August 11, 2018 3:37 pm
Updated: August 15, 2018 9:04 pm

Taxpayer-funded bus route being considered by Regional District of Okanagan-Similkameen

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With Greyhound slated to close all but one of its Western Canada routes, the Regional District of the Okanagan-Similkameen (RDOS) is seriously considering a taxpayer-funded Penticton-to-Kelowna route.

According to the RDOS, the route is identified as a top priority in the district’s Transit Future Plan. The RDOS board says it wishes to seek “electoral approval to establish a service for the purpose of providing a public passenger transportation system as a community transit service within the boundaries in the RDOS.”

The regional district is eyeing two round trips per day on weekdays, with a projected maximum annual cost of $250,000 per year. The regional district said that “the average cost per household will be a few dollars or the price of a cup of coffee.”

READ MORE: Amid Greyhound service cuts, majority backs government-run rural bus service: poll

The RDOS will be hosting three public information sessions regarding the route. They will take place:

Notably, in announcing this concept, it appears the RDOS will be using the alternate approval process — a process that has been panned as being undemocratic. The alternate approval process forces residents to say no instead of having a public yes-or-no vote, which would show how much support any given tax-supported initiative would or would not receive.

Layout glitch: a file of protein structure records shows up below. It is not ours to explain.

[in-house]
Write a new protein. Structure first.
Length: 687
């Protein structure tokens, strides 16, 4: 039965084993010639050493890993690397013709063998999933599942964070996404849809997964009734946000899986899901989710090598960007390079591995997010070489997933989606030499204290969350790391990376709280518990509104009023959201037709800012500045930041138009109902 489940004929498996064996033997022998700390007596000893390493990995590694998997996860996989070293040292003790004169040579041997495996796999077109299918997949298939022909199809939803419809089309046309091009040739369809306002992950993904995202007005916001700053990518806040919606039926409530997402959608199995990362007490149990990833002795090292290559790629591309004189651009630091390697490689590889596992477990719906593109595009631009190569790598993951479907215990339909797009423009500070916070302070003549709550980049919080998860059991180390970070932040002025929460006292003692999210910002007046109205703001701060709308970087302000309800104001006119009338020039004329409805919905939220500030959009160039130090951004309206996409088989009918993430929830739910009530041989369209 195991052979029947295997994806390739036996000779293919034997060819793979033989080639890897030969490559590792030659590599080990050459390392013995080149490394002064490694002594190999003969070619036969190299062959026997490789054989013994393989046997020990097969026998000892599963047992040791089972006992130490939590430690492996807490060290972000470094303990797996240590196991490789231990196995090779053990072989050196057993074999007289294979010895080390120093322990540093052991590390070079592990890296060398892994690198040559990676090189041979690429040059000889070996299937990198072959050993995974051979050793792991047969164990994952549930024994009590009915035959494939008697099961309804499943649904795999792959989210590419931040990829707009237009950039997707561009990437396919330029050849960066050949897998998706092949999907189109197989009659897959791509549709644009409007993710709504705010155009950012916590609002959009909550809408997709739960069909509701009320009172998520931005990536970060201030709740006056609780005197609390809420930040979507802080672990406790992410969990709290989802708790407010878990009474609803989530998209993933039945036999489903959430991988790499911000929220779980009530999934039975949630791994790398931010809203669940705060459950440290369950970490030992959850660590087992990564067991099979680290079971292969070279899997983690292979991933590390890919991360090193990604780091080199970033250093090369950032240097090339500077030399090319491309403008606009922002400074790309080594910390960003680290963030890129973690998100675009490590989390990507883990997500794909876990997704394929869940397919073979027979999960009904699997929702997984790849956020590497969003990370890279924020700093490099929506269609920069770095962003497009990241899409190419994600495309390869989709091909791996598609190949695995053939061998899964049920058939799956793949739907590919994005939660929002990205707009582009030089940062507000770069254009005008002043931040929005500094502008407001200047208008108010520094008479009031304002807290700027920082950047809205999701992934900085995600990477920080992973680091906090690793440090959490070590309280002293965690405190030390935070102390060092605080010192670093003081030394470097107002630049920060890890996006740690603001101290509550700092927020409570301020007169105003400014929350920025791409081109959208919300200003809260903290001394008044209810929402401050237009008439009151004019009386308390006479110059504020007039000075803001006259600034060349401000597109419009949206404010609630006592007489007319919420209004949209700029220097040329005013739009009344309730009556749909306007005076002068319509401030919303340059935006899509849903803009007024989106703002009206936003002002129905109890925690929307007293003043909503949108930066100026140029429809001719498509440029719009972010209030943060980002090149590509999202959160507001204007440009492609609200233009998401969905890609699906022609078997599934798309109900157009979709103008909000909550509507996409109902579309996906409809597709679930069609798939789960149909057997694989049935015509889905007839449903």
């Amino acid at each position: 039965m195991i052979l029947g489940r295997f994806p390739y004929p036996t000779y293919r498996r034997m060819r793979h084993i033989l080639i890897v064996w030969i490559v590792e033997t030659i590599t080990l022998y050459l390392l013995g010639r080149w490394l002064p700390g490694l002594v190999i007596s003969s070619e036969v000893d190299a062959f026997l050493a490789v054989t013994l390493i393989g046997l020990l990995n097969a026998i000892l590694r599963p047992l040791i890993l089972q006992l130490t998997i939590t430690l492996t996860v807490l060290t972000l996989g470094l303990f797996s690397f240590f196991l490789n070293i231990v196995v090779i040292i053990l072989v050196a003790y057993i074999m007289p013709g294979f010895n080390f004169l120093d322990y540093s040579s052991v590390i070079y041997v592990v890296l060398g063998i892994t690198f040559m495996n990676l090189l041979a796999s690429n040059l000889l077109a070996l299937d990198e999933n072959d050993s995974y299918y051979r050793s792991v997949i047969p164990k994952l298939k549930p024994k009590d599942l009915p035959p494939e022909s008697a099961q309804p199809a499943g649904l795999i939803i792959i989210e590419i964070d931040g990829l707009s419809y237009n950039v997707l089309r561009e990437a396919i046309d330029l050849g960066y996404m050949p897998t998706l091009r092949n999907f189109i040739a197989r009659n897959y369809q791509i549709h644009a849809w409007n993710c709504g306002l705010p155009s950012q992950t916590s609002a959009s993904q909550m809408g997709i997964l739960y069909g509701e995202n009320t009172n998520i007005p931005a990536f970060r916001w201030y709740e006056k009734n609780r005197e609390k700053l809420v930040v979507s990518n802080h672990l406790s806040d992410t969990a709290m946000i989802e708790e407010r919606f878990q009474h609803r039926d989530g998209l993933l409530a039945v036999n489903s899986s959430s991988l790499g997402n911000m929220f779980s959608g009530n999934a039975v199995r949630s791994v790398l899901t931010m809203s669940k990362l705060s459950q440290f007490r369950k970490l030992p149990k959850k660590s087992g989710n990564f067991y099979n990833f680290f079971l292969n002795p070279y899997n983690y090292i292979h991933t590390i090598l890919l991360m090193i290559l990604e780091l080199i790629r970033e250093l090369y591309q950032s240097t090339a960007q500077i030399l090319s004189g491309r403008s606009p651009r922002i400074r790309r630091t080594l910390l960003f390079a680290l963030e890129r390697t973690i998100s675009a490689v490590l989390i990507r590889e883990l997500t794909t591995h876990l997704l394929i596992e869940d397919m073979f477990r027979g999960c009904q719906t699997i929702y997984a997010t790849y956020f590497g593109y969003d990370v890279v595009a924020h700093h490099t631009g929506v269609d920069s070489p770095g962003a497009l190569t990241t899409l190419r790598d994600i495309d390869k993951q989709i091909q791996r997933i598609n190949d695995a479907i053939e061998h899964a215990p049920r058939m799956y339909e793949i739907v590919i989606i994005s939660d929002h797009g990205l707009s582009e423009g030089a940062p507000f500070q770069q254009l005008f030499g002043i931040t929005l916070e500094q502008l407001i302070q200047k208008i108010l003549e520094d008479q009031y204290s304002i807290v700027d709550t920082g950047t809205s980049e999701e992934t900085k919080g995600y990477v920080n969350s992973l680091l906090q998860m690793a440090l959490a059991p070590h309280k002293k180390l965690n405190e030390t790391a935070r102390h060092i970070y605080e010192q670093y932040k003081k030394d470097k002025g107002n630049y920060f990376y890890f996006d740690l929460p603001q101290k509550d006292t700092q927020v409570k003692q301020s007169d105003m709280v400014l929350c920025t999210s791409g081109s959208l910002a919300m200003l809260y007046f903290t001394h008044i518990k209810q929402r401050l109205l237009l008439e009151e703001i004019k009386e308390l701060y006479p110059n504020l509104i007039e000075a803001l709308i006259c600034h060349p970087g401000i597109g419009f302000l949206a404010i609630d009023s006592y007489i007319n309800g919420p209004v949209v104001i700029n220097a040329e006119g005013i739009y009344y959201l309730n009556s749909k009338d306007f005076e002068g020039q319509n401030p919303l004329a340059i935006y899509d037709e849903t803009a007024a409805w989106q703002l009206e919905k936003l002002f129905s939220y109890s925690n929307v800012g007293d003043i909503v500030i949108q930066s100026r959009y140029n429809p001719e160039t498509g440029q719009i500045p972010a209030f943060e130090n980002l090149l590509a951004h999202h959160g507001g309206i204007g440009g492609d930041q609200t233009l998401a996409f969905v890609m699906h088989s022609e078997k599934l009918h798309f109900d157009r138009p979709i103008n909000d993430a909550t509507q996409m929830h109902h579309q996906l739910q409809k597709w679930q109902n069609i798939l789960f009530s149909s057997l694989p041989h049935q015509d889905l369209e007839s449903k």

READ MORE: Premiers agree Greyhound western pullout needs national response: Notley

A fact sheet created by the RDOS said:

Registering your support: If you support the adoption of the bylaw, no action is required.

Registering your objection: If you object to the adoption of the bylaw, sign an elector response form and submit (with original signature) to the RDOS office before the deadline of August 31, 2018, at 4:30 p.m. If 10 per cent of the of the qualified electors (6,516) object to the adoption of the bylaw, the RDOS board of directors cannot adopt the bylaw without going to referendum.

The provincial government has on its website a page dedicated to the alternative approval process. It can be found here.

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